As we honor those today who’ve worn our country’s uniform, the State Historical Museum is recognizing a specific group of Iowans who served in a particular war. Jeff Morgan is spokesman for the downtown Des Moines facility.
Morgan says: "We’re celebrating Veterans Day today and honoring the service and sacrifice of Americans servicemen and women, and Iowans in particular. We just felt this was a good opportunity to explore the history of the First World War and the role Iowans had at home and abroad. The exhibit contains artifacts from our permanent collection and it showcases the stories of several Iowans who were involved in that war."
Morgan says the exhibit is called "Over Here, Over There: Iowa and the First World War." The artifacts include a blood-stained jacket that was worn by Colfax native and writer James Norman Hall when his plane was shot down. Hall survived a German prison camp and went on to write several popular novels, including "Mutiny on the Bounty" in 1932.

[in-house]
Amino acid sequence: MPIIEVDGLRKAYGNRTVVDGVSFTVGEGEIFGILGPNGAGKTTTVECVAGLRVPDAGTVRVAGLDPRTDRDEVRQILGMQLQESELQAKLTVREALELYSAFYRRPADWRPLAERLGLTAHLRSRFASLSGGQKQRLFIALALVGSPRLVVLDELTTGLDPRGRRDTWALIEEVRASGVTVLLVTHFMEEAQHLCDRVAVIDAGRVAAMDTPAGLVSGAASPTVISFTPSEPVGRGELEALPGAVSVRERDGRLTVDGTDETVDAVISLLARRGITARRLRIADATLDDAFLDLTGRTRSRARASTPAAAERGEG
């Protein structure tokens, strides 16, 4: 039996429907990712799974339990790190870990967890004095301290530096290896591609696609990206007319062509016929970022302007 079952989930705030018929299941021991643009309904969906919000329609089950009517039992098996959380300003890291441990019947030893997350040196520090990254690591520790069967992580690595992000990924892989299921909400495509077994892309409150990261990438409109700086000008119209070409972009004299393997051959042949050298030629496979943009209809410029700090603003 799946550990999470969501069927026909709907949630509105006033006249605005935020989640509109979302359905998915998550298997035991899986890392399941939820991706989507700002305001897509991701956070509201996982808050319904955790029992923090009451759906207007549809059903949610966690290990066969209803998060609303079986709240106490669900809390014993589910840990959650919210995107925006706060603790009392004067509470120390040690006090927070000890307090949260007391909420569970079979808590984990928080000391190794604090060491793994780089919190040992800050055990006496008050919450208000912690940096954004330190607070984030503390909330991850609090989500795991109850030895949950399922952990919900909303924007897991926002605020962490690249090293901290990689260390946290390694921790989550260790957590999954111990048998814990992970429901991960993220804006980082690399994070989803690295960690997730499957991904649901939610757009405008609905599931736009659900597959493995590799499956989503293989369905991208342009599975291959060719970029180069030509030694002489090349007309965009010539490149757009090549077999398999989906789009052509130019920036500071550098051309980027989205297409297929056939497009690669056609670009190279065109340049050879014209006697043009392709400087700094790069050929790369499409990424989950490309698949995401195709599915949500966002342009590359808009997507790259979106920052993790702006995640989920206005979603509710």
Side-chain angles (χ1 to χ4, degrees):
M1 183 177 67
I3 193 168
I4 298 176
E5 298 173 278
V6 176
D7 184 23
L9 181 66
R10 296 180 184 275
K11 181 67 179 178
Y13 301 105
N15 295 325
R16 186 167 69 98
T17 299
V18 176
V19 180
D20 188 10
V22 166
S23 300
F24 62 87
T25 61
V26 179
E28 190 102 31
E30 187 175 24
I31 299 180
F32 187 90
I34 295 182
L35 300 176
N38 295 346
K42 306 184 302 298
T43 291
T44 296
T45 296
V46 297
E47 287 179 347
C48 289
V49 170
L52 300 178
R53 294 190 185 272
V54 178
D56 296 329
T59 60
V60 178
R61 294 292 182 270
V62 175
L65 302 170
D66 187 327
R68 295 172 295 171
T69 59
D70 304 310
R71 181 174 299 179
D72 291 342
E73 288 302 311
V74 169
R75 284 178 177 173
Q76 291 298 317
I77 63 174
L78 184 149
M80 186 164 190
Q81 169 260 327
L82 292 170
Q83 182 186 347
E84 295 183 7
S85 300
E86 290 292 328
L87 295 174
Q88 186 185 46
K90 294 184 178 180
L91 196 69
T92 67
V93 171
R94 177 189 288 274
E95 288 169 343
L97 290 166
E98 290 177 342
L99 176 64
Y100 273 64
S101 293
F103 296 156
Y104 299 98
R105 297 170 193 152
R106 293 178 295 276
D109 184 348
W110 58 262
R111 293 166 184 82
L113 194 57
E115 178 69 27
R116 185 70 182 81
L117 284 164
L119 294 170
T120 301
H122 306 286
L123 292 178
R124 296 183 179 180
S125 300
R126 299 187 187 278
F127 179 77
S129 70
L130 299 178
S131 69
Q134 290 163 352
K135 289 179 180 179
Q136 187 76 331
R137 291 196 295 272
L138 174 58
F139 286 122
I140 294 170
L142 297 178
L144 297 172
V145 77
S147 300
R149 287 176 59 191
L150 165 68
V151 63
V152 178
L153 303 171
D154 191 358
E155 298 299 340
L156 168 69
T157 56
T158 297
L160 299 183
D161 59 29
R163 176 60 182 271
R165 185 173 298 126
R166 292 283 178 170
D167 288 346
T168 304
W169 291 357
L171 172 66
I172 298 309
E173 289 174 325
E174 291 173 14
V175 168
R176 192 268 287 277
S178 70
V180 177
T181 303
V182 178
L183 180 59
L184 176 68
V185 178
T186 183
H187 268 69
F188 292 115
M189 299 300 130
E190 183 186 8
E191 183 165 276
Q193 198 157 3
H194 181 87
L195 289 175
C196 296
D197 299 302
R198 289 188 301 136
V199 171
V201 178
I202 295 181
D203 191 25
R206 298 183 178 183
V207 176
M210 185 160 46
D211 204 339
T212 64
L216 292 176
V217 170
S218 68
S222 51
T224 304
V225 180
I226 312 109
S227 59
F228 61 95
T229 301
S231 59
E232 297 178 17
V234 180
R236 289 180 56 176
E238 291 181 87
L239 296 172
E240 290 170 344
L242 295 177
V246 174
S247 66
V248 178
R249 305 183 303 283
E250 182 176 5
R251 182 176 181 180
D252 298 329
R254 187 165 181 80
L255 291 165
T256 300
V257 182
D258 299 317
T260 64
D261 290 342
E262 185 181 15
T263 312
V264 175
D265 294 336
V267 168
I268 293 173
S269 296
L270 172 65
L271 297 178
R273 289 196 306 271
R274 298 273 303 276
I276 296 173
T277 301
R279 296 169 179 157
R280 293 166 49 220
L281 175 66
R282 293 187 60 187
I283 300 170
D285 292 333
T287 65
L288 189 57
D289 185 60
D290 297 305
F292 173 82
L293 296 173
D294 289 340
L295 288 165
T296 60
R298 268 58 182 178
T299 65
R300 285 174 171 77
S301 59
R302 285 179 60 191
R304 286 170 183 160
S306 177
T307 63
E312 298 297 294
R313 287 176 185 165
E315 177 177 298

Other items on display include a host of World War One weapons and more than 30 American, French, British and German propaganda posters. Morgan says there’s also a lot of information about West Branch native Herbert Hoover, the only U.S. president from Iowa, who was prominent in food relief efforts during the war. The exhibit also features a profile of Marion Crandell of Cedar Rapids, a nurse and the first American woman killed in the war.
The opening of the exhibit comes 91 years after the first Iowan, and perhaps the first American serviceman, Merle Hay, died in World War One. The display includes "Tradition and Valor," a film about James Morris, who came to Fort Des Moines, where the U.S. Army trained black officers for the first time in its history. For more information about the museum or the exhibit, visit the State Historical Museum website or call (515) 281-5111. Admission is free.